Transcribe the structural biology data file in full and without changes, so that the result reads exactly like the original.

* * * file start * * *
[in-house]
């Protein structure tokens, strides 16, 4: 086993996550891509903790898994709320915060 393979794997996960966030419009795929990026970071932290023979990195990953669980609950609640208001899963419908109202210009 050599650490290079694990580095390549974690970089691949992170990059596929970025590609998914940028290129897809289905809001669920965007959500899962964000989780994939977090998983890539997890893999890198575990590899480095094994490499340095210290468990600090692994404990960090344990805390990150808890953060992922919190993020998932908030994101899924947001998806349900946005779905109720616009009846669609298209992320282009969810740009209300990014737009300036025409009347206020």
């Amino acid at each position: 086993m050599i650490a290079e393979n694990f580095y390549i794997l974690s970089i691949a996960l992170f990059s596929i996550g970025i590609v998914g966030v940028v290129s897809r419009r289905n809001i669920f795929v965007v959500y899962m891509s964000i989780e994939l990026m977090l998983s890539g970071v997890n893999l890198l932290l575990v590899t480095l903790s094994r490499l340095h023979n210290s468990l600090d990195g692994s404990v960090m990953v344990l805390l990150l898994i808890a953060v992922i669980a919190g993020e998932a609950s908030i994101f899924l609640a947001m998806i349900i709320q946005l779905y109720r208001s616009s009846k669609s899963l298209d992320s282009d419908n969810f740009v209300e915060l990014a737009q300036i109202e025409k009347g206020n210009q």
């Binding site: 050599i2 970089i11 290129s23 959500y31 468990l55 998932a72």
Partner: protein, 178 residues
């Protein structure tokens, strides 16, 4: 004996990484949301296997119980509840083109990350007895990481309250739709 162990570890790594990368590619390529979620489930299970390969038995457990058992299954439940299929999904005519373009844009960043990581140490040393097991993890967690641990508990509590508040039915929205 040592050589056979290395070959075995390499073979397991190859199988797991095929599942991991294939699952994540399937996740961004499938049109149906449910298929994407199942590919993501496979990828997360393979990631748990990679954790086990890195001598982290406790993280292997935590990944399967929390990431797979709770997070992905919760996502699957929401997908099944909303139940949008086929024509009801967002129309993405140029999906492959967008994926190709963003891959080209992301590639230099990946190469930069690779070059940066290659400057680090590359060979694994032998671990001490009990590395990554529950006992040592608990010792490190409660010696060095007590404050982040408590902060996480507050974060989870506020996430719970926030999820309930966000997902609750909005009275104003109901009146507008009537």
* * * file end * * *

[in-house]
């Protein structure tokens, strides 16, 4: 086993996550891509903790898994709320915060 393979794997996960966030419009795929990026970071932290023979990195990953669980609950609640208001899963419908109202210009 050599650490290079694990580095390549974690970089691949992170990059596929970025590609998914940028290129897809289905809001669920965007959500899962964000989780994939977090998983890539997890893999890198575990590899480095094994490499340095210290468990600090692994404990960090344990805390990150808890953060992922919190993020998932908030994101899924947001998806349900946005779905109720616009009846669609298209992320282009969810740009209300990014737009300036025409009347206020």
């Amino acid at each position: 086993m050599i650490a290079e393979n694990f580095y390549i794997l974690s970089i691949a996960l992170f990059s596929i996550g970025i590609v998914g966030v940028v290129s897809r419009r289905n809001i669920f795929v965007v959500y899962m891509s964000i989780e994939l990026m977090l998983s890539g970071v997890n893999l890198l932290l575990v590899t480095l903790s094994r490499l340095h023979n210290s468990l600090d990195g692994s404990v960090m990953v344990l805390l990150l898994i808890a953060v992922i669980a919190g993020e998932a609950s908030i994101f899924l609640a947001m998806i349900i709320q946005l779905y109720r208001s616009s009846k669609s899963l298209d992320s282009d419908n969810f740009v209300e915060l990014a737009q300036i109202e025409k009347g206020n210009q």
């Binding site: 050599i2 970089i11 290129s23 959500y31 468990l55 998932a72």
Partner: protein, 178 residues
């Protein structure tokens, strides 16, 4: 004996990484949301296997119980509840083109990350007895990481309250739709 162990570890790594990368590619390529979620489930299970390969038995457990058992299954439940299929999904005519373009844009960043990581140490040393097991993890967690641990508990509590508040039915929205 040592050589056979290395070959075995390499073979397991190859199988797991095929599942991991294939699952994540399937996740961004499938049109149906449910298929994407199942590919993501496979990828997360393979990631748990990679954790086990890195001598982290406790993280292997935590990944399967929390990431797979709770997070992905919760996502699957929401997908099944909303139940949008086929024509009801967002129309993405140029999906492959967008994926190709963003891959080209992301590639230099990946190469930069690779070059940066290659400057680090590359060979694994032998671990001490009990590395990554529950006992040592608990010792490190409660010696060095007590404050982040408590902060996480507050974060989870506020996430719970926030999820309930966000997902609750909005009275104003109901009146507008009537």